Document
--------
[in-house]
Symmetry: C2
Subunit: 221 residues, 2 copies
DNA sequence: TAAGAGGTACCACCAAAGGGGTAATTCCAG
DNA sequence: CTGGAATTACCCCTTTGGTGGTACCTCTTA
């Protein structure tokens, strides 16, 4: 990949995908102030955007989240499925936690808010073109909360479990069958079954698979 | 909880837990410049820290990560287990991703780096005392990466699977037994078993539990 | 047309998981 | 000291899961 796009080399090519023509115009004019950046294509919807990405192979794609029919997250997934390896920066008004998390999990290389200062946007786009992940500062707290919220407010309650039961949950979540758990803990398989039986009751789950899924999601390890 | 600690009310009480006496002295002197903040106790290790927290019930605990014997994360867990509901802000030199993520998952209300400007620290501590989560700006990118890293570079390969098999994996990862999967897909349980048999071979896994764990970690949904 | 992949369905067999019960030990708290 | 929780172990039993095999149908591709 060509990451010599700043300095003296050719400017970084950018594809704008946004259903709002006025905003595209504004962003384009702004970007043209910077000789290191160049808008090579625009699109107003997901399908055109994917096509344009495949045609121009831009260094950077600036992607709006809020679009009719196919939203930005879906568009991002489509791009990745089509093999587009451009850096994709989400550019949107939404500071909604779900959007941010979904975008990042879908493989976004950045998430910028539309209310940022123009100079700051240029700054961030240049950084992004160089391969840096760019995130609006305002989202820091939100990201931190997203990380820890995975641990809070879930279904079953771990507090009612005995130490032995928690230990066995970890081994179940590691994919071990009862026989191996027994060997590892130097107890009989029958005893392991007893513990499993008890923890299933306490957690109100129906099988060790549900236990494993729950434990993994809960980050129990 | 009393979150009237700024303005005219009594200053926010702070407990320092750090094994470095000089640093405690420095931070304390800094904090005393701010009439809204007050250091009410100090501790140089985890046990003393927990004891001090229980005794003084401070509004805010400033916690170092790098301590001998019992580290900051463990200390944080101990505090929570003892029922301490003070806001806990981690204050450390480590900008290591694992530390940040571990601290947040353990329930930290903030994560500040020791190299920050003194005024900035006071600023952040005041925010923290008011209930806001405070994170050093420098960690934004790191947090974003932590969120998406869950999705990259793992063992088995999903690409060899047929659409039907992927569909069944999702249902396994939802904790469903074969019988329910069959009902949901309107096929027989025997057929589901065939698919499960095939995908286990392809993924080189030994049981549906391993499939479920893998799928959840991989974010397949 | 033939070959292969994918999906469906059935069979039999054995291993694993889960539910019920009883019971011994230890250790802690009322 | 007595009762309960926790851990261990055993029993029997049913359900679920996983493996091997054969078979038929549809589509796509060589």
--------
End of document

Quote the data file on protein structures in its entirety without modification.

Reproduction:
[in-house]
Symmetry: C2
Subunit: 221 residues, 2 copies
DNA sequence: TAAGAGGTACCACCAAAGGGGTAATTCCAG
DNA sequence: CTGGAATTACCCCTTTGGTGGTACCTCTTA
């Protein structure tokens, strides 16, 4: 990949995908102030955007989240499925936690808010073109909360479990069958079954698979 | 909880837990410049820290990560287990991703780096005392990466699977037994078993539990 | 047309998981 | 000291899961 796009080399090519023509115009004019950046294509919807990405192979794609029919997250997934390896920066008004998390999990290389200062946007786009992940500062707290919220407010309650039961949950979540758990803990398989039986009751789950899924999601390890 | 600690009310009480006496002295002197903040106790290790927290019930605990014997994360867990509901802000030199993520998952209300400007620290501590989560700006990118890293570079390969098999994996990862999967897909349980048999071979896994764990970690949904 | 992949369905067999019960030990708290 | 929780172990039993095999149908591709 060509990451010599700043300095003296050719400017970084950018594809704008946004259903709002006025905003595209504004962003384009702004970007043209910077000789290191160049808008090579625009699109107003997901399908055109994917096509344009495949045609121009831009260094950077600036992607709006809020679009009719196919939203930005879906568009991002489509791009990745089509093999587009451009850096994709989400550019949107939404500071909604779900959007941010979904975008990042879908493989976004950045998430910028539309209310940022123009100079700051240029700054961030240049950084992004160089391969840096760019995130609006305002989202820091939100990201931190997203990380820890995975641990809070879930279904079953771990507090009612005995130490032995928690230990066995970890081994179940590691994919071990009862026989191996027994060997590892130097107890009989029958005893392991007893513990499993008890923890299933306490957690109100129906099988060790549900236990494993729950434990993994809960980050129990 | 009393979150009237700024303005005219009594200053926010702070407990320092750090094994470095000089640093405690420095931070304390800094904090005393701010009439809204007050250091009410100090501790140089985890046990003393927990004891001090229980005794003084401070509004805010400033916690170092790098301590001998019992580290900051463990200390944080101990505090929570003892029922301490003070806001806990981690204050450390480590900008290591694992530390940040571990601290947040353990329930930290903030994560500040020791190299920050003194005024900035006071600023952040005041925010923290008011209930806001405070994170050093420098960690934004790191947090974003932590969120998406869950999705990259793992063992088995999903690409060899047929659409039907992927569909069944999702249902396994939802904790469903074969019988329910069959009902949901309107096929027989025997057929589901065939698919499960095939995908286990392809993924080189030994049981549906391993499939479920893998799928959840991989974010397949 | 033939070959292969994918999906469906059935069979039999054995291993694993889960539910019920009883019971011994230890250790802690009322 | 007595009762309960926790851990261990055993029993029997049913359900679920996983493996091997054969078979038929549809589509796509060589």